US 6339647 B1
A hearing aid with beam forming properties, having at least two microphone channels (1 a , 1 b) for at least two microphones (2 a , 2 b), the microphone channels each comprising an analog to digital converter (3 a , 3 b) and having at least one programmable or program controlled signal processor (5), as well as a digital to analog converter, and at least one receiver and a battery for power supply. The hearing aid particularly comprises in each microphone channel (1 a , 1 b) a sigma-delta-type analog to digital converter (3 a , 3 b) including a digital low pas filter and a decimator 94) for converting a 1 Bit Stream of a high clock frequency into a digital word sequence of a lower clock frequency. At least one of the at least two microphone channels contains a controllable delay device (6) connected to the input side of the respective digital low pass filter and decimator (4) of the channel, the delay device (6) being controllable by the at least one signal processor (5). The delay device is preferably integrated into the sigma-delta-ADC (3).
1. Hearing aid with beam forming properties, comprising at least two microphone channels (1 a, 1 b) for at least two microphones (2 a, 2 b), a digital programmable or program controlled signal processor (6), a receiver and a battery for power supply, wherein each microphone channel (1 a, 1 b) contains a sigma-delta-type analog to digital converter (3 a, 3 b), a digital low pass filter and decimator (4) for converting a 1 Bit stream of a high clock frequency of said converter into a digital word sequence of a lower clock frequency, and at least one of said at least two microphone channels contains a controllable delay device (6) connected to the input side of the respective digital low pass filter and decimator (4) of said channel, said delay device (6) being controllable by said processor (5).
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In the EP 0820210 A2 a method and apparatus for beam forming of the microphone characteristic has been disclosed, by which a pre-determined characteristic of amplification in dependency of the direction from which acoustical signals are received at two spaced apart microphones is formed in that repetitevely a mutual delay signal is determined from the output signals of the microphones and according to the reception delay of the microphones, one of the output signals is filtered, thereby the filtering transfer characteristic is controlled in dependency of the mutual delay signal. The output signal of the filtering is exploited as electrical reception signal.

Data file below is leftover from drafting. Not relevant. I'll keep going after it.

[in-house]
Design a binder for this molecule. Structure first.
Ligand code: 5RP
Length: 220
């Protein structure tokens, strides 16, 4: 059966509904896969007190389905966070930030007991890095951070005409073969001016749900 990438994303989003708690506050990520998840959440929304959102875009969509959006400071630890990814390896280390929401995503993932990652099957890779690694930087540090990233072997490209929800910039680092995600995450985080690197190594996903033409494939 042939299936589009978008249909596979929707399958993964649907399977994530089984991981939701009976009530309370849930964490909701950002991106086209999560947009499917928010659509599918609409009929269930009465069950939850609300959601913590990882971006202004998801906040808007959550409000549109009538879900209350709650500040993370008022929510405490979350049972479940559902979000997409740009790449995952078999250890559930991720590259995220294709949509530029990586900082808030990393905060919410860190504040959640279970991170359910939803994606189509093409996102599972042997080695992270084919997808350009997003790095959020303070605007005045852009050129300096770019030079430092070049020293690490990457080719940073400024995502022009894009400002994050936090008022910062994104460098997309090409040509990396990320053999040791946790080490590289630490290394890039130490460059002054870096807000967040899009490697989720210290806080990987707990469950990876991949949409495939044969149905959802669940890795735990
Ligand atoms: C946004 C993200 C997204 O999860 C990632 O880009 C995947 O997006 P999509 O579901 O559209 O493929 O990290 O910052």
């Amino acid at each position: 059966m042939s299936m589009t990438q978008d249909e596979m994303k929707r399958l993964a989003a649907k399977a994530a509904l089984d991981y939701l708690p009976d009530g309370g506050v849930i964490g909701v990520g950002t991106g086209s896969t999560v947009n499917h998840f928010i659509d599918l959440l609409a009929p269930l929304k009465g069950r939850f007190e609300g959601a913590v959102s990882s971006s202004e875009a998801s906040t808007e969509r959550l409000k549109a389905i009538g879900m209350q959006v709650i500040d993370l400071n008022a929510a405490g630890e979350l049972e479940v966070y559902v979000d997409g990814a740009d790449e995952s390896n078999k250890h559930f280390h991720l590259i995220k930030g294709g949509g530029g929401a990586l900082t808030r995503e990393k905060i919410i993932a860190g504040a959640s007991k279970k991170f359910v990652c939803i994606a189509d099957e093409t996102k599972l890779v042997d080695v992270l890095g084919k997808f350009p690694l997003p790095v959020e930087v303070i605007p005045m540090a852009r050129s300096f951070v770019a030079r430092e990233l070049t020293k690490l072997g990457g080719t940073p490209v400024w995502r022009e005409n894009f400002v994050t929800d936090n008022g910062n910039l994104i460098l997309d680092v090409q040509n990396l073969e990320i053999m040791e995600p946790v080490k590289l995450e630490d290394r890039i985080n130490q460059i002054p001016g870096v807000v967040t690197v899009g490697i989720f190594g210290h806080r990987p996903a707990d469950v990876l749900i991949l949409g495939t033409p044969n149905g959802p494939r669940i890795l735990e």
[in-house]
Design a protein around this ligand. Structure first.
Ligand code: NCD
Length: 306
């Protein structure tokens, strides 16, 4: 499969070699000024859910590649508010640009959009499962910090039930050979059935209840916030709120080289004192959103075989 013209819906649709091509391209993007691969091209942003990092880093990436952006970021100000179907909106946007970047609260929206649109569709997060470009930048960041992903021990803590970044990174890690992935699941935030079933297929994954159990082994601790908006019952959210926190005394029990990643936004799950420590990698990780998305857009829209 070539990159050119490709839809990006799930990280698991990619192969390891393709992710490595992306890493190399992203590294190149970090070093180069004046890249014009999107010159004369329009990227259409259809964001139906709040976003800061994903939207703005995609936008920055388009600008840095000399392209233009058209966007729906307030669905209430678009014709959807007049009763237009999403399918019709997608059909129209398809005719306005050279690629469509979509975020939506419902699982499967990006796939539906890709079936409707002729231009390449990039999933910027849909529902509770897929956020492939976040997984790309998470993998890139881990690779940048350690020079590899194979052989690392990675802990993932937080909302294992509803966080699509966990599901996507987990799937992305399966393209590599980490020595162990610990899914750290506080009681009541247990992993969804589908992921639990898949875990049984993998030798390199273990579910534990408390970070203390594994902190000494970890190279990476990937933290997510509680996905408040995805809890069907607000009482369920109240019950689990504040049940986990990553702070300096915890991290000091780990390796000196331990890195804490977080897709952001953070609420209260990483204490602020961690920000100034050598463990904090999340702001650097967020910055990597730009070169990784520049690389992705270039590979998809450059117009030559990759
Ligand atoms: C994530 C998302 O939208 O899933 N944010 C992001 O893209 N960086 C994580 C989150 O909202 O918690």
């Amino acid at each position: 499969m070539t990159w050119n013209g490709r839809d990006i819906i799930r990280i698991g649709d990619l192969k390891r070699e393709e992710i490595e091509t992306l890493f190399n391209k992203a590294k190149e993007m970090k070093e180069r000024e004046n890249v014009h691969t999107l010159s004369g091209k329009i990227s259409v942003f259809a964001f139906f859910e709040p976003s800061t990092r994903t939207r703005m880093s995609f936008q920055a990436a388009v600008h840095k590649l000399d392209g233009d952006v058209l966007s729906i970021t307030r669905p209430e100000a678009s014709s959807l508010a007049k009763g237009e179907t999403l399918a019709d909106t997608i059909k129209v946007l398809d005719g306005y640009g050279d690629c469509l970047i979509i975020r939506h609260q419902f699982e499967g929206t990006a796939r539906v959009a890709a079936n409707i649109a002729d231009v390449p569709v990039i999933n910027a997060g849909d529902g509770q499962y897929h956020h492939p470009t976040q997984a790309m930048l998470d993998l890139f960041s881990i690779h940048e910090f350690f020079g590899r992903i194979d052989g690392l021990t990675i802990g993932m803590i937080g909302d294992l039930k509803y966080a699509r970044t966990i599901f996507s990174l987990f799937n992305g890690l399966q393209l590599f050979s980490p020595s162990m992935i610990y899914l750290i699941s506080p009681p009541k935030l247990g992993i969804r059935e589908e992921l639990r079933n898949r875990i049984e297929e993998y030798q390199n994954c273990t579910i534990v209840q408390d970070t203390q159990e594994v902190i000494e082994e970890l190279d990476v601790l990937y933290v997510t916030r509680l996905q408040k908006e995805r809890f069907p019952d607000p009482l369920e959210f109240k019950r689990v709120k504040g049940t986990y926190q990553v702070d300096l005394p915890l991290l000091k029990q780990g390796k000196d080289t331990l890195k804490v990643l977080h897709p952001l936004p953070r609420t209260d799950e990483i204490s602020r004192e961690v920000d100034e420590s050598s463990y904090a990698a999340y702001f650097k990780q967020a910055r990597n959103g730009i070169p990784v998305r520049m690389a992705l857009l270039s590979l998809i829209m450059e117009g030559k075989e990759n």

Thus, in principle the time delay or phase lag between the two output signals of the two microphones is used for a beam forming operation.
In a digital hearing aid the single samples are taken with a time difference equally divided by the sampling frequency, f.i. normally 32 usec. The desired delay between two or more microphone signals are typically less than 32 usec, e.g. 15 usec. A way to obtain a delay which is less than one sample is to have the DSP interpolate signal values between two samples with a certain delay and use those delayed sample values in the further processing. But this requires many calculations and takes up valuable space and power in the DSP.
Also, the signal will be somewhat distorted as the delyed samples are not “true” samples.
However, for an active control of beam forming properties in a directional hearing aid, the delays that could be realized, based on the sample frequency and conventional shift register technology would be much too long to be useful.
In order to realize sample delays as low as 1 usec the conventional technology can not be used.
Thus, it is an object of the present invention to create a novel hearing aid with beam forming properties in which an active control of the delay of at least one of the incoming signals of a hearing aid having at least two microphones can be used for active beam forming. With such a hearing aid a great number of various directional orientations of hearing aids could actively and controllably be realized.
Particularly, by using faster sampling rates, the samples because of their shorter time intervals could be used directly, so that desirable short delays could be realized.